Fraud is a prevalent problem in California workers' compensation cases. The California Department of industrial Relations (DIR) is working to fight the issue, but employers must be proactive in identifying and calling out these incidents in their businesses.
If you are an employer in California, you want to maintain a safe and fair working environment for your employees, but some people may try to take advantage of you. Unfortunately, some employees file false workers' compensation claims in order to avoiding paying for an injury sustained elsewhere, or to get undeserved time off work. We at Sacks and Zolonz recognize the pressure employers have to discern between legitimate and fraudulent claims, and we stand ready to help you when dishonesty does occur.
If you are in charge of managing your California company’s workers’ compensation and disability cases, you may already be aware of the threat that a malingerer presents. A person who falls under this label is usually guilty of exaggerating their symptoms in hopes of receiving more compensation. They may even make a completely false claim of injury.
For employers in California, workers’ compensation fraud can be a real issue. Fortunately, the state recognizes just how damaging this type of fraud can be to businesses and the public at large, and as a result has devised methods for dealing with workers who engage in nefarious practices regarding workplace injuries.
When it comes to workers’ compensation, there are several different ways an employee could be committing fraud. The California Department of Insurance states that some of the most common examples include lying about the ability to work, extent of the injury or place where the injury occurred. Medical professionals can also join an employee in fraudulent activities by billing for service that was not provided or giving more treatment than is necessary. There are several red flags that employers can watch for to indicate that dishonest activity may be occurring.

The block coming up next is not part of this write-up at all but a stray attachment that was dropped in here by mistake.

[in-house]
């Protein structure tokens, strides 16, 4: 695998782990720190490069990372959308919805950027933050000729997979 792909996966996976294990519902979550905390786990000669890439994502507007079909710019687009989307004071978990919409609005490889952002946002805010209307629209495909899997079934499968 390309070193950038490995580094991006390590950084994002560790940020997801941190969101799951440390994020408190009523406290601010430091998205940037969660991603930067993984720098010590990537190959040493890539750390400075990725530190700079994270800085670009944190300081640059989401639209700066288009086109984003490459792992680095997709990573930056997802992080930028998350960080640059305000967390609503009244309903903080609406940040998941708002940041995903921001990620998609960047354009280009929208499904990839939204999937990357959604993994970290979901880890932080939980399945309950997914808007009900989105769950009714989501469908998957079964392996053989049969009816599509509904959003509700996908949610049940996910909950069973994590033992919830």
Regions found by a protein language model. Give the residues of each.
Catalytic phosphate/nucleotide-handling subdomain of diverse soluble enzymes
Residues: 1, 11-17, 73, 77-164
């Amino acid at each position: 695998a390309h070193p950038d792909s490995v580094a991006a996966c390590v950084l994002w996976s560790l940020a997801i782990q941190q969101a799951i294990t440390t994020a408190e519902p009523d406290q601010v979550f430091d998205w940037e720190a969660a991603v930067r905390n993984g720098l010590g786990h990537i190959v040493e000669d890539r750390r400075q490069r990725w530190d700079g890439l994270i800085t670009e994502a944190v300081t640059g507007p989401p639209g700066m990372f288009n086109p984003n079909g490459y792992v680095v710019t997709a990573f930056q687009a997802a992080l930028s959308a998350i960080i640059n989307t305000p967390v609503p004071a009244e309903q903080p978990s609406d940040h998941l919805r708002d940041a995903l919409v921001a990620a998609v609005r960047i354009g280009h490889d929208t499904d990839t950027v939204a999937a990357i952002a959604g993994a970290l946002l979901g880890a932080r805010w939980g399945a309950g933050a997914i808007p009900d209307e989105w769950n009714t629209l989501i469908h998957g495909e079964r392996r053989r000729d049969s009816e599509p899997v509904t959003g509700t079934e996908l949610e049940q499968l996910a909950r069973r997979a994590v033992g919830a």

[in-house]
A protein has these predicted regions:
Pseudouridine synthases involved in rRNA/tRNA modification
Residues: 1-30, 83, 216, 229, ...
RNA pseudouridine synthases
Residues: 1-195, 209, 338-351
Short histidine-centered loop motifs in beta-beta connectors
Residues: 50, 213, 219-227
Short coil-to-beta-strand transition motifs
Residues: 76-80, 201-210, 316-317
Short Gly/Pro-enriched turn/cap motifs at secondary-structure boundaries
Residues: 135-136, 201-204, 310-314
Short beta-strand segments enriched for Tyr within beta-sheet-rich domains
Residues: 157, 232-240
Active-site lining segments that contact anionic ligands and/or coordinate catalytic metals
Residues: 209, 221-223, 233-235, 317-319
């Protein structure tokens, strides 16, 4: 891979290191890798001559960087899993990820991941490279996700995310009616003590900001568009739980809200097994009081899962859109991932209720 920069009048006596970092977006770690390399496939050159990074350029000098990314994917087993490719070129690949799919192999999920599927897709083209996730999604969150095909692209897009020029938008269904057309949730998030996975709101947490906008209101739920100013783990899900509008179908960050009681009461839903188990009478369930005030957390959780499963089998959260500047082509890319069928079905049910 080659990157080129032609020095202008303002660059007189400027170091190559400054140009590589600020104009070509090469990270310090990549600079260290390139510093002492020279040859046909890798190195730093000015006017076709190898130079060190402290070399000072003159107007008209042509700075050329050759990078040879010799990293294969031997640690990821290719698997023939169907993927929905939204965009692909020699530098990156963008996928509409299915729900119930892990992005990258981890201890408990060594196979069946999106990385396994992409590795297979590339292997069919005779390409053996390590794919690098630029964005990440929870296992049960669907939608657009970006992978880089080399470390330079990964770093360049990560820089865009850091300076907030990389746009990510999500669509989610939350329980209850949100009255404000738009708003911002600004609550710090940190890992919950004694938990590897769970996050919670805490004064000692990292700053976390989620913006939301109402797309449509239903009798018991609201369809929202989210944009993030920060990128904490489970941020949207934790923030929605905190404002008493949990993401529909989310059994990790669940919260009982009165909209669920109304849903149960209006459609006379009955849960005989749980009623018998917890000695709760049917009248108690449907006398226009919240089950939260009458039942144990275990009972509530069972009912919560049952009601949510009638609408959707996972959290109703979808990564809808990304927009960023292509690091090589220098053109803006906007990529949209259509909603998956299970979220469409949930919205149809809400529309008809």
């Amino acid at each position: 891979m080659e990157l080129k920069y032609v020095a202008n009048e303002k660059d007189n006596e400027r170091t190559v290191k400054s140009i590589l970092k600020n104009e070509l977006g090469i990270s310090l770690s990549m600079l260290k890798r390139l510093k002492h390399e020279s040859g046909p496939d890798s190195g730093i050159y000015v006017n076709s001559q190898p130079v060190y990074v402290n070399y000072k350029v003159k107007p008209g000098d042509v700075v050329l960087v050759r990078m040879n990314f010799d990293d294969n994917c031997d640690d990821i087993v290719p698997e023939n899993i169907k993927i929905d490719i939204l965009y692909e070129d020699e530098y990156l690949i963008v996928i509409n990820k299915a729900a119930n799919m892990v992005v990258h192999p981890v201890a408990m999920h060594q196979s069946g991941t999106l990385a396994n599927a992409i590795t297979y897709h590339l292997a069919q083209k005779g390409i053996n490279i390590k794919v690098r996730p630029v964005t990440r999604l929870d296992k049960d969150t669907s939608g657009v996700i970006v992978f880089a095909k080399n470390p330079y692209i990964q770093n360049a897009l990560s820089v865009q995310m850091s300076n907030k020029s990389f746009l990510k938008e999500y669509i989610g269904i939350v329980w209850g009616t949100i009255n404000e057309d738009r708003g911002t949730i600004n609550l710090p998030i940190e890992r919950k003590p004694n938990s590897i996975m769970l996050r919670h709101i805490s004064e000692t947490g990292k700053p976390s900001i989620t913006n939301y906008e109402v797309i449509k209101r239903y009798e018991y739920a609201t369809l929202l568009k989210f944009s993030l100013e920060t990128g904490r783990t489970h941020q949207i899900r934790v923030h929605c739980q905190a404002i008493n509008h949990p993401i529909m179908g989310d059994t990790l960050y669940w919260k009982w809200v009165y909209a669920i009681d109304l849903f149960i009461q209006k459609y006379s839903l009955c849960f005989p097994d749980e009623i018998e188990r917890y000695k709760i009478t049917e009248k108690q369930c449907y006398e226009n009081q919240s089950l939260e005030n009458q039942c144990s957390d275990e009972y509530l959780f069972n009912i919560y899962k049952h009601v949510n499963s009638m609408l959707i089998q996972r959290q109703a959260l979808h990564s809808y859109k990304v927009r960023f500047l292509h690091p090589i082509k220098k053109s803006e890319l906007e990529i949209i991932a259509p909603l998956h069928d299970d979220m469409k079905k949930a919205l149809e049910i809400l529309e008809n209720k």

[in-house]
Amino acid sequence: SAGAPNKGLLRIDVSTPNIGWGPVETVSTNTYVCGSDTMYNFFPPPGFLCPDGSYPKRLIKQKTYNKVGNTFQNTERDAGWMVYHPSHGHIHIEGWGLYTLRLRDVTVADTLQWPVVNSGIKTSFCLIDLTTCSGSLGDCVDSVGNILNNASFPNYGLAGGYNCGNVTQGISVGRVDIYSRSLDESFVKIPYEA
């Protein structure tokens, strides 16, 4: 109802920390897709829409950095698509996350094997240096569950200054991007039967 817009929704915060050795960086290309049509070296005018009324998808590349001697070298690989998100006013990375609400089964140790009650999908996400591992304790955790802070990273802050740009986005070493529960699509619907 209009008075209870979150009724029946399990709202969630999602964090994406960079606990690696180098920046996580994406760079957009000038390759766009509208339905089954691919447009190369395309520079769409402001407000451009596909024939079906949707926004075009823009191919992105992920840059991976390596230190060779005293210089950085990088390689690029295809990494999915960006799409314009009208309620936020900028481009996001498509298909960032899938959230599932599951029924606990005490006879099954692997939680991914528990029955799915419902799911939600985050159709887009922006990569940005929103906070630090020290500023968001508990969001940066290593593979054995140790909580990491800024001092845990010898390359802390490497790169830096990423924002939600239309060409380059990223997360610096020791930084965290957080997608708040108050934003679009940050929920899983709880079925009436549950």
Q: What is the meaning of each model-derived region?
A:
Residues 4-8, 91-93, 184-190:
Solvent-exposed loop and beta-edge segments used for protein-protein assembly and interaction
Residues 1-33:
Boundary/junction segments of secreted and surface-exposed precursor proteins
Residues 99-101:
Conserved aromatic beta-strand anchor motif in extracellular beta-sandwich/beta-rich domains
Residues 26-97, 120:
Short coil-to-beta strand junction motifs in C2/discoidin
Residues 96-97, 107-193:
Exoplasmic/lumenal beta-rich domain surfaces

When it comes to jobsite injuries, worker’s compensation can allow employees to heal without suffering financially. It can also give scammers the opportunity to make money by fraud rather than legitimate injury. The Coalition Against Insurance Fraud reports that there are several different ways for criminals to take advantage of the system.
Many married couples share vehicles, bank accounts, and even income. While such practices may be typical in California and elsewhere, there are certain actions that may be unethical and illegal. For instance, it is never okay to use one's spouse's Social Security Number to collect income; this would be considered employee fraud.
California employers are at risk for increased premiums when workers claim benefits to which they are not entitled. Employee fraud is problematic in many companies. It exists in many forms, and astute employers are sometimes able to stop it in its tracks before too much damage is done.
The last thing a California employer needs is to be taken for a ride by a worker filing a false injury claim. Employee fraud is a huge problem in many areas. Employers will want to arm themselves against such illicit behaviors by staying updated on state and federal laws, as well as maintaining close monitoring of the workplace.
It is unlawful to collect benefits through a workers' compensation claim if one is not entitled to them. Such employee fraud continues to plague many California employers. Schemes often involve false injury reports or exaggeration of the severity of injuries suffered in on-the-job accidents.